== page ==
Pine needle oil counteracted dermal ear inflammation and second-degree scald paw burns in mice. The oil counteracted the tactile pain (by blocking pain transmission or activation of calcium channels by adenosine triphosphate) and soft tissue injury caused by the burn.Clark 2014
No clinical data are available to provide dosing recommendations. Pine needle oil is available commercially in many products and marketed for numerous health conditions and for aromatherapy use. Pine needle tea is also marketed as an overall panacea.
Pregnancy / Lactation
Avoid use due to documented adverse effects.
Data are lacking concerning specific drug interactions.
Limited clinical data are available. Topical preparations containing pine needle oil are generally well tolerated. Allergic contact dermatitis from various pine needle oil fragrance components has been documented.Nardelli 2009
Avoid use in cases of hypersensitivity to any components of pine needle oil.
Teratogenic activity of alkaloids from pine and spruce needles was confirmed in pregnant range cows.Tawara 1993, Virjamo 2014
This information relates to an herbal, vitamin, mineral or other dietary supplement. This product has not been reviewed by the FDA to determine whether it is safe or effective and is not subject to the quality standards and safety information collection standards that are applicable to most prescription drugs. This information should not be used to decide whether or not to take this product. This information does not endorse this product as safe, effective, or approved for treating any patient or health condition. This is only a brief summary of general information about this product. It does NOT include all information about the possible uses, directions, warnings, precautions, interactions, adverse effects, or risks that may apply to this product. This information is not specific medical advice and does not replace information you receive from your health care provider. You should talk with your health care provider for complete information about the risks and benefits of using this product.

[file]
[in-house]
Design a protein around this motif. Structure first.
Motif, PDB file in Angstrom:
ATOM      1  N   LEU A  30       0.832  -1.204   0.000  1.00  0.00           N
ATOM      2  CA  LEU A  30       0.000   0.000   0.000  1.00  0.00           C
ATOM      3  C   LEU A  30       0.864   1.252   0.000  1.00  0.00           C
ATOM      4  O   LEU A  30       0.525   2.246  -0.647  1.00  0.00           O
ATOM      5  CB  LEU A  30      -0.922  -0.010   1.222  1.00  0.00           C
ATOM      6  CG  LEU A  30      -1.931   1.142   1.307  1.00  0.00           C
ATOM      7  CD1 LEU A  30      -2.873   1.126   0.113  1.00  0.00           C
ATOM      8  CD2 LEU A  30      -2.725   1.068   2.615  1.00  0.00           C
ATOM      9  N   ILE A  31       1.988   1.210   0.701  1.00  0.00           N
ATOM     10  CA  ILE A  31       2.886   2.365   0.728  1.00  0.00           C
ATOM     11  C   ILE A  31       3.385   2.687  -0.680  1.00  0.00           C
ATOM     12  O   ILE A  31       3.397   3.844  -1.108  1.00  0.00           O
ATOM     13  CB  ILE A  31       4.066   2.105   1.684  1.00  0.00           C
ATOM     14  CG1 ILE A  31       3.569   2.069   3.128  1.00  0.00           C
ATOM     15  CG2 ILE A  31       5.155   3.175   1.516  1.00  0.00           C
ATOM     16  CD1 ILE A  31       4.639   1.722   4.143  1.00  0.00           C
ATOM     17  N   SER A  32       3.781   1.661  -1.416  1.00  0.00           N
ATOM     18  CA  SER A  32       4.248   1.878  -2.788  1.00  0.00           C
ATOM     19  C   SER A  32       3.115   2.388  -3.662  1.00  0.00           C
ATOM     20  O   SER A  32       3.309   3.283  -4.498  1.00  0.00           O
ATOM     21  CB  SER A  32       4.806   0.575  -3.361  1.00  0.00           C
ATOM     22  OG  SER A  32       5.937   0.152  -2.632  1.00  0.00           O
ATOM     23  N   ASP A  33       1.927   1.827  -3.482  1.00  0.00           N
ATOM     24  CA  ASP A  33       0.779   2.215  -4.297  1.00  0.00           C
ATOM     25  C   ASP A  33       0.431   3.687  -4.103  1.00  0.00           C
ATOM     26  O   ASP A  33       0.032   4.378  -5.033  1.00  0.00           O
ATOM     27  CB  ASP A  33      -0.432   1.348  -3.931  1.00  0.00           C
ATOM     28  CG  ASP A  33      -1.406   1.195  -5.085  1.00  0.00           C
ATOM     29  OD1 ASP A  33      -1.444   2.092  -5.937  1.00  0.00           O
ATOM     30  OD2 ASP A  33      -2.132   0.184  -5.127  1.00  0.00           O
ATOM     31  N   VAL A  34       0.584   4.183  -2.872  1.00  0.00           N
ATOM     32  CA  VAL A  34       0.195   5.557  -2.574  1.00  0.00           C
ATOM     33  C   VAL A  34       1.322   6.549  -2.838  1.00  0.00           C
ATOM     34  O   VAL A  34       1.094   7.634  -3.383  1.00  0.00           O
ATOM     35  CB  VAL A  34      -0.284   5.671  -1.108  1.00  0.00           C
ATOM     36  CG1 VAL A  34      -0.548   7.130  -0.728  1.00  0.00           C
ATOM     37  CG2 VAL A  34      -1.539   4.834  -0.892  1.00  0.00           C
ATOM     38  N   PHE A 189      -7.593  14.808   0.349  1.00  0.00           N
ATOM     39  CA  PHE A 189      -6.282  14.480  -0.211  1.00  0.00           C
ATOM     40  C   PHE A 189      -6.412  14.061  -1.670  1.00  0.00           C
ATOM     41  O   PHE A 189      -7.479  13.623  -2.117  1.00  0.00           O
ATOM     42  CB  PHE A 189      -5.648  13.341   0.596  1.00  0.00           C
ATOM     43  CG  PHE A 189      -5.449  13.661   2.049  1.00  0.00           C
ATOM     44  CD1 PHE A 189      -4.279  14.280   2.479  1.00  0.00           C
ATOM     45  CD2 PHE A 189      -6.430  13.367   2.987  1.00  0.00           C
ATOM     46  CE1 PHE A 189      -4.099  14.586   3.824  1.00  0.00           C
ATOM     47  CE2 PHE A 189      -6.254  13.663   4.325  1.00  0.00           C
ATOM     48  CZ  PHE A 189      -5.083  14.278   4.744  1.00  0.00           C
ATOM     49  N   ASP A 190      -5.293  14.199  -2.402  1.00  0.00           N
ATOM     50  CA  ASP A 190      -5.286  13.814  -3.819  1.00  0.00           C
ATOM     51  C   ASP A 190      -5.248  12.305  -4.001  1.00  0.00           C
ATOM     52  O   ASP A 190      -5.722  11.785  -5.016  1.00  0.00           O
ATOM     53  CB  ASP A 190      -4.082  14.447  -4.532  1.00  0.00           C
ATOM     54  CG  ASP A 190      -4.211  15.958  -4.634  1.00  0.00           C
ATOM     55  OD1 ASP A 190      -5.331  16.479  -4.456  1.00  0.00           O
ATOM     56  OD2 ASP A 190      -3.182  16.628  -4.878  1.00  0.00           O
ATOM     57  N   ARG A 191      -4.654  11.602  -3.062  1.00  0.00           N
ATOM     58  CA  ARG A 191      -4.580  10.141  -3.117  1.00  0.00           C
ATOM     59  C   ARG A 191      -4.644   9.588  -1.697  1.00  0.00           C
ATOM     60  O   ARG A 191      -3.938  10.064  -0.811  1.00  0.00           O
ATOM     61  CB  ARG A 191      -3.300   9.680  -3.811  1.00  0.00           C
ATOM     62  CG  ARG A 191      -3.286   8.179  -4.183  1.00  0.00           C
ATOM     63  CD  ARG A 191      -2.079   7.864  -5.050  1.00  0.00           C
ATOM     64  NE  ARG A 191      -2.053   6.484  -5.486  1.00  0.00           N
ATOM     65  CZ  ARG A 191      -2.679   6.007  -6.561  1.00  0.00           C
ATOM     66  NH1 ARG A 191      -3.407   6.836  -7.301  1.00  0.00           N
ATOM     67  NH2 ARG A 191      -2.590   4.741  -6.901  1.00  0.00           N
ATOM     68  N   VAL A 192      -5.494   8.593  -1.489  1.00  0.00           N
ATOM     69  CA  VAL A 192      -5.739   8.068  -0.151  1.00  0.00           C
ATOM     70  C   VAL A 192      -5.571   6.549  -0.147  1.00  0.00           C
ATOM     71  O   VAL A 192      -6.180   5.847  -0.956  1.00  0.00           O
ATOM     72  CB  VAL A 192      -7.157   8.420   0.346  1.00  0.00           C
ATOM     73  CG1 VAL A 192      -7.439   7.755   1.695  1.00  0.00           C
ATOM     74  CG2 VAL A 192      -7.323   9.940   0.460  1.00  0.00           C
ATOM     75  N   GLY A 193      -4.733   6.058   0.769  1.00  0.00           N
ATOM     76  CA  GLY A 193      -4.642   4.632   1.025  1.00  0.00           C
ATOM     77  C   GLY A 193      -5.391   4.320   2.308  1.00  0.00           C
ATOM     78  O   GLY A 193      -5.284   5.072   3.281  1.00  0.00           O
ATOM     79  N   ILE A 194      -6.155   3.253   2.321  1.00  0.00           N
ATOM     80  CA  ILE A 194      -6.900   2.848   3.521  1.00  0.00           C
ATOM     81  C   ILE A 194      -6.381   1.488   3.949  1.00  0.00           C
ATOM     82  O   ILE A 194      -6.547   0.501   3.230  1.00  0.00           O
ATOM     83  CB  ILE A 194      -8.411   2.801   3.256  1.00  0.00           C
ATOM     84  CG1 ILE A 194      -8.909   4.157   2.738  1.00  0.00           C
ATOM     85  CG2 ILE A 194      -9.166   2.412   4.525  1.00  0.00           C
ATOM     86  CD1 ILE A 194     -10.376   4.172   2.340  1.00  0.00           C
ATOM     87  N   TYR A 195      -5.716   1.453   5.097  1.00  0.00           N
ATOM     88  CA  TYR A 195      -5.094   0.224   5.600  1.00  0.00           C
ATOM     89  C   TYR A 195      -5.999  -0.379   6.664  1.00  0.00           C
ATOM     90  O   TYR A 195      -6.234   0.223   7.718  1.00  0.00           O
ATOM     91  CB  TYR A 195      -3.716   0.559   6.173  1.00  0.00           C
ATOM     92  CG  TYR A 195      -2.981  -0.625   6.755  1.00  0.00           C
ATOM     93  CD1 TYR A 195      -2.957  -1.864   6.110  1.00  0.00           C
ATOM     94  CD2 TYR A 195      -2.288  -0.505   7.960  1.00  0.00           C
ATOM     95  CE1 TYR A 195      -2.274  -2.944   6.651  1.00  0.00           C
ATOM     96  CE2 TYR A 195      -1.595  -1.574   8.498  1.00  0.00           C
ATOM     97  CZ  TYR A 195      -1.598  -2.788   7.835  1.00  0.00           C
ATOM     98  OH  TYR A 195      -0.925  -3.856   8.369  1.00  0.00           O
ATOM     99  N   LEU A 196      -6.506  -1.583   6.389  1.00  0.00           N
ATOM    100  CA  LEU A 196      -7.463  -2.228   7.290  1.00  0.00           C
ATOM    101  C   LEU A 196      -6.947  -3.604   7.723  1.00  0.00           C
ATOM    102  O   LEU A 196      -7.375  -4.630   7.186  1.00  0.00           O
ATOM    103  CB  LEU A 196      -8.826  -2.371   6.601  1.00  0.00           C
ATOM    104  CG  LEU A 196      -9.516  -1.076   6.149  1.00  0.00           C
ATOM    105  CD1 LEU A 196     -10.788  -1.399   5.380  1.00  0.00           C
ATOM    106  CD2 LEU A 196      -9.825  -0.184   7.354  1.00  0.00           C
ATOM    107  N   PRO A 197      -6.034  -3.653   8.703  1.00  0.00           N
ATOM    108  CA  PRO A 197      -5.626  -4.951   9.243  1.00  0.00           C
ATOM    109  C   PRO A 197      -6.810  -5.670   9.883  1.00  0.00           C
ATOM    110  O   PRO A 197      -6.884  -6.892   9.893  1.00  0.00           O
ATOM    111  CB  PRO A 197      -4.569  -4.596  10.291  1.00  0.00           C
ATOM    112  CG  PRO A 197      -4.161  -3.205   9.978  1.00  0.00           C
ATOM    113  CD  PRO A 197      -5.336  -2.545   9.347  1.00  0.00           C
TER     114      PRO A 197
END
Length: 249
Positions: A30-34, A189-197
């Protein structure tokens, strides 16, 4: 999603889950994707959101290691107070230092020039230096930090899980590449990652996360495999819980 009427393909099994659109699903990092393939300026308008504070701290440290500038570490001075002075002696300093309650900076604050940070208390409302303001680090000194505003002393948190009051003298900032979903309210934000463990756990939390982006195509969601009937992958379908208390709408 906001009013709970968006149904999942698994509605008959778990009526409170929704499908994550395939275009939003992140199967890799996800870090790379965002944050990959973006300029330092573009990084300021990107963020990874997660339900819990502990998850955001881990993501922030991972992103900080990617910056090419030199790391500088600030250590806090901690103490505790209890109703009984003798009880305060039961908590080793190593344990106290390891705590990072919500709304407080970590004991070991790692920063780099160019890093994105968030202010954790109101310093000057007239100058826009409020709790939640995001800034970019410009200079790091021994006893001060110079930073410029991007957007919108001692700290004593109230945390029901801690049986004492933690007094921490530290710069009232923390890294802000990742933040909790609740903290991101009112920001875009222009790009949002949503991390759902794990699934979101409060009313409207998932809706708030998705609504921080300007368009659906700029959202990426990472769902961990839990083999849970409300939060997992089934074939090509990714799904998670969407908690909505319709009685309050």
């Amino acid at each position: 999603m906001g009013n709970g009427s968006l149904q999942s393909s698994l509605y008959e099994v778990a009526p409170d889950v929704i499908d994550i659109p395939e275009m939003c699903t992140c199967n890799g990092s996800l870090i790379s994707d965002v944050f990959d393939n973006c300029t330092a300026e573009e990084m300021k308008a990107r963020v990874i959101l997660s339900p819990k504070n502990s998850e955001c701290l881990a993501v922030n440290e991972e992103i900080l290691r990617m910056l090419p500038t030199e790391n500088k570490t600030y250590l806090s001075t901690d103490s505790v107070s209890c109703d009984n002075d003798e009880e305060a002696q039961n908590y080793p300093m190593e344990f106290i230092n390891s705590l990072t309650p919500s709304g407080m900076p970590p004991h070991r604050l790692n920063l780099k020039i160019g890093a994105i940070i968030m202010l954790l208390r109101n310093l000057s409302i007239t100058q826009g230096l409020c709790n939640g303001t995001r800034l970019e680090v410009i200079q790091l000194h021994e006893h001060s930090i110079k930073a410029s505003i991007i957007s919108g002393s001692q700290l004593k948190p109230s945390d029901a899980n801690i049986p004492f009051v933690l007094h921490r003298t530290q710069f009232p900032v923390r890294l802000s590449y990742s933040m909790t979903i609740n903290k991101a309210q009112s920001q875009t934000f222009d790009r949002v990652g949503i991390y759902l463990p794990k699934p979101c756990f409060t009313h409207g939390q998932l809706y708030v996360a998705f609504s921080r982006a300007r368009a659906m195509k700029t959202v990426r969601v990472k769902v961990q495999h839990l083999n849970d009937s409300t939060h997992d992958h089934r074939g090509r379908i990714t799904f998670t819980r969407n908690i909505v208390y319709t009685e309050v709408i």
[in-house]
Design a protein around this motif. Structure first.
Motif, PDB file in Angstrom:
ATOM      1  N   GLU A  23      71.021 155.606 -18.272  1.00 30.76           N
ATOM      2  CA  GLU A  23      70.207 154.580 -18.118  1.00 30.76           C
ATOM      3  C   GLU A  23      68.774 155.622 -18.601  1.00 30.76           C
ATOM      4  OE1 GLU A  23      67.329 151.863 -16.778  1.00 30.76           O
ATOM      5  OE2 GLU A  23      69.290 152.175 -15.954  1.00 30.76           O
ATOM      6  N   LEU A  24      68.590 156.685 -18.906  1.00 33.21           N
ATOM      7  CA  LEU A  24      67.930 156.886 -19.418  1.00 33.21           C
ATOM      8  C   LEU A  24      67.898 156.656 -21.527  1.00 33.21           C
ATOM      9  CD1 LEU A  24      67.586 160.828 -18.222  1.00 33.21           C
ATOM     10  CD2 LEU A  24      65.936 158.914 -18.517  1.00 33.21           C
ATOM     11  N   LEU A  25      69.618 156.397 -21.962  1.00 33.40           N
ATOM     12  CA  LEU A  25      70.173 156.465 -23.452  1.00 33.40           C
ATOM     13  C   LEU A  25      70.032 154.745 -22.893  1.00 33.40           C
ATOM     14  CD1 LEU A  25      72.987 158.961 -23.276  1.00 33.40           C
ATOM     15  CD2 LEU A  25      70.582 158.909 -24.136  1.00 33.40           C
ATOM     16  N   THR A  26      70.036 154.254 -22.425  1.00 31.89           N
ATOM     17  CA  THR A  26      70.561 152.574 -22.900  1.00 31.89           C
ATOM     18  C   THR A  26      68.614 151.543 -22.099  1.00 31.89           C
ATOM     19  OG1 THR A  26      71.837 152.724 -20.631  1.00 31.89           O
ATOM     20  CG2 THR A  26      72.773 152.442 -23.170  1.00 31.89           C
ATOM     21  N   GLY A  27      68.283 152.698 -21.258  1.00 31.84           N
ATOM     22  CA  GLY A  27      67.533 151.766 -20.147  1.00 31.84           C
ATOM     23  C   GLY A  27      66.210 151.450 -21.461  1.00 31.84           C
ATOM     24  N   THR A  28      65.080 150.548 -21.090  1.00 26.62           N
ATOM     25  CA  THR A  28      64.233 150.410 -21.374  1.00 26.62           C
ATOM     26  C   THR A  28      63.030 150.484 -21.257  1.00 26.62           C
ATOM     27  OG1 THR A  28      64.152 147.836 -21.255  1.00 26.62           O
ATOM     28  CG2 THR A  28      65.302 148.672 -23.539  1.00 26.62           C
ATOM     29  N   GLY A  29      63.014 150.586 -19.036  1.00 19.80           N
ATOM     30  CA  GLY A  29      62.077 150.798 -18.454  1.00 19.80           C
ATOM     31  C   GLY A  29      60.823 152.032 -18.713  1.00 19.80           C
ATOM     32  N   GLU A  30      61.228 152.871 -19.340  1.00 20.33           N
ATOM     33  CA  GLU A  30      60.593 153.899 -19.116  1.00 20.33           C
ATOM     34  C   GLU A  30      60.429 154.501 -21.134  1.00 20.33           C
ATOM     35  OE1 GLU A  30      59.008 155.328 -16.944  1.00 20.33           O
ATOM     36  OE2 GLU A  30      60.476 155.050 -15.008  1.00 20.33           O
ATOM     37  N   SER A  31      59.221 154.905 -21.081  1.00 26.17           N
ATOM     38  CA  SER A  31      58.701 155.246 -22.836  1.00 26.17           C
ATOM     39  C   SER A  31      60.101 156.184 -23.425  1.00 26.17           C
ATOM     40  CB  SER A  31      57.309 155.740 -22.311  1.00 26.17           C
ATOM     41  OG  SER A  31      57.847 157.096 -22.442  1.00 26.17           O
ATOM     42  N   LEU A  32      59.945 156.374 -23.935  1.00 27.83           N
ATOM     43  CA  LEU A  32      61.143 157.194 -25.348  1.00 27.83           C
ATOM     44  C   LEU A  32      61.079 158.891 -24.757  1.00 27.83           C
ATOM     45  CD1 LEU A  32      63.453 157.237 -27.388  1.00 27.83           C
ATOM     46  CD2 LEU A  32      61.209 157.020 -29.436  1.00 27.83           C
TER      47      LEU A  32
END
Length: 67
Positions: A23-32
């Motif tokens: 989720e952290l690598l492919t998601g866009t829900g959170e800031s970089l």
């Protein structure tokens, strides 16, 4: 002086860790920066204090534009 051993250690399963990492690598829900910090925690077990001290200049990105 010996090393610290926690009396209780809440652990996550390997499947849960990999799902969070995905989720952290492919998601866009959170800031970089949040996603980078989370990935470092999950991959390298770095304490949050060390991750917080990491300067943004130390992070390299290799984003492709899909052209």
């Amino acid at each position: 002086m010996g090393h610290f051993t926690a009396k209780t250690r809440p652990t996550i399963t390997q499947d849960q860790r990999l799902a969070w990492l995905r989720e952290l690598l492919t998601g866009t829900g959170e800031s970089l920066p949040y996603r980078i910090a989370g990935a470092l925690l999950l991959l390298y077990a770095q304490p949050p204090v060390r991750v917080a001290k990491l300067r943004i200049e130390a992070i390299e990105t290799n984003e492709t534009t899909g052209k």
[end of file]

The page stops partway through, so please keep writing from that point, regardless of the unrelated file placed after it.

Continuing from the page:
This product may adversely interact with certain health and medical conditions, other prescription and over-the-counter drugs, foods, or other dietary supplements. This product may be unsafe when used before surgery or other medical procedures. It is important to fully inform your doctor about the herbal, vitamins, mineral or any other supplements you are taking before any kind of surgery or medical procedure. With the exception of certain products that are generally recognized as safe in normal quantities, including use of folic acid and prenatal vitamins during pregnancy, this product has not been sufficiently studied to determine whether it is safe to use during pregnancy or nursing or by persons younger than 2 years of age.